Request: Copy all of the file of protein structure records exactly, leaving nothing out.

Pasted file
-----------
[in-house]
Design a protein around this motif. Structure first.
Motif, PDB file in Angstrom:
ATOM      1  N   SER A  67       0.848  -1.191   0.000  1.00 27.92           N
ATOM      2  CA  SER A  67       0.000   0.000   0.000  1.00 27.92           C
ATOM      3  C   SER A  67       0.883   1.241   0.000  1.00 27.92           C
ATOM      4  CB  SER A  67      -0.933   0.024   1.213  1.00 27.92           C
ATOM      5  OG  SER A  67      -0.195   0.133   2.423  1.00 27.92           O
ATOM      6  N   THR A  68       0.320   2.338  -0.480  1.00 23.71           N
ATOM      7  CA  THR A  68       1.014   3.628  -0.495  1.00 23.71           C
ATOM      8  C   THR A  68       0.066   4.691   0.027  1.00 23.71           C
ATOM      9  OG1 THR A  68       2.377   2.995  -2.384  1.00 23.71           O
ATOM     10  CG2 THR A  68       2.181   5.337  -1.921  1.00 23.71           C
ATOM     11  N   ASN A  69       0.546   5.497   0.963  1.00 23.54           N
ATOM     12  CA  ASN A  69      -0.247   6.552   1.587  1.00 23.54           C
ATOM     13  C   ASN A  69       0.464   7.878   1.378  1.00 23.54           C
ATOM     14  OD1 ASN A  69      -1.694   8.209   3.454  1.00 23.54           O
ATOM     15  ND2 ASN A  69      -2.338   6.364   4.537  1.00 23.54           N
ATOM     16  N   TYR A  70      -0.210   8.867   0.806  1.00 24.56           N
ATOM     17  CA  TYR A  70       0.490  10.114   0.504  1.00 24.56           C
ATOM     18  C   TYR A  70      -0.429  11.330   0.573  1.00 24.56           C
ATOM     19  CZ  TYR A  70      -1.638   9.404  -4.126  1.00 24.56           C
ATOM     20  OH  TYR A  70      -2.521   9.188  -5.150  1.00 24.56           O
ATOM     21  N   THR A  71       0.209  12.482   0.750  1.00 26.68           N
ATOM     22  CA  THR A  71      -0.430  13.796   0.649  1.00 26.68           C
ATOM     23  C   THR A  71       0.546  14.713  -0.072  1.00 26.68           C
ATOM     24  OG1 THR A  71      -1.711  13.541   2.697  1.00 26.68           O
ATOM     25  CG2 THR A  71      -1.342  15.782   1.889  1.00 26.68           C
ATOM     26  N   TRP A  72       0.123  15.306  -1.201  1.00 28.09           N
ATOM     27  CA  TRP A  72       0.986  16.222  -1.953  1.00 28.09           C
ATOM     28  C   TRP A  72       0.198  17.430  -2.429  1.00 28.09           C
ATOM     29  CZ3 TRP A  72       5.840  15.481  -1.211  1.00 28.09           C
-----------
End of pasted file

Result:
[in-house]
Design a protein around this motif. Structure first.
Motif, PDB file in Angstrom:
ATOM      1  N   SER A  67       0.848  -1.191   0.000  1.00 27.92           N
ATOM      2  CA  SER A  67       0.000   0.000   0.000  1.00 27.92           C
ATOM      3  C   SER A  67       0.883   1.241   0.000  1.00 27.92           C
ATOM      4  CB  SER A  67      -0.933   0.024   1.213  1.00 27.92           C
ATOM      5  OG  SER A  67      -0.195   0.133   2.423  1.00 27.92           O
ATOM      6  N   THR A  68       0.320   2.338  -0.480  1.00 23.71           N
ATOM      7  CA  THR A  68       1.014   3.628  -0.495  1.00 23.71           C
ATOM      8  C   THR A  68       0.066   4.691   0.027  1.00 23.71           C
ATOM      9  OG1 THR A  68       2.377   2.995  -2.384  1.00 23.71           O
ATOM     10  CG2 THR A  68       2.181   5.337  -1.921  1.00 23.71           C
ATOM     11  N   ASN A  69       0.546   5.497   0.963  1.00 23.54           N
ATOM     12  CA  ASN A  69      -0.247   6.552   1.587  1.00 23.54           C
ATOM     13  C   ASN A  69       0.464   7.878   1.378  1.00 23.54           C
ATOM     14  OD1 ASN A  69      -1.694   8.209   3.454  1.00 23.54           O
ATOM     15  ND2 ASN A  69      -2.338   6.364   4.537  1.00 23.54           N
ATOM     16  N   TYR A  70      -0.210   8.867   0.806  1.00 24.56           N
ATOM     17  CA  TYR A  70       0.490  10.114   0.504  1.00 24.56           C
ATOM     18  C   TYR A  70      -0.429  11.330   0.573  1.00 24.56           C
ATOM     19  CZ  TYR A  70      -1.638   9.404  -4.126  1.00 24.56           C
ATOM     20  OH  TYR A  70      -2.521   9.188  -5.150  1.00 24.56           O
ATOM     21  N   THR A  71       0.209  12.482   0.750  1.00 26.68           N
ATOM     22  CA  THR A  71      -0.430  13.796   0.649  1.00 26.68           C
ATOM     23  C   THR A  71       0.546  14.713  -0.072  1.00 26.68           C
ATOM     24  OG1 THR A  71      -1.711  13.541   2.697  1.00 26.68           O
ATOM     25  CG2 THR A  71      -1.342  15.782   1.889  1.00 26.68           C
ATOM     26  N   TRP A  72       0.123  15.306  -1.201  1.00 28.09           N
ATOM     27  CA  TRP A  72       0.986  16.222  -1.953  1.00 28.09           C
ATOM     28  C   TRP A  72       0.198  17.430  -2.429  1.00 28.09           C
ATOM     29  CZ3 TRP A  72       5.840  15.481  -1.211  1.00 28.09           C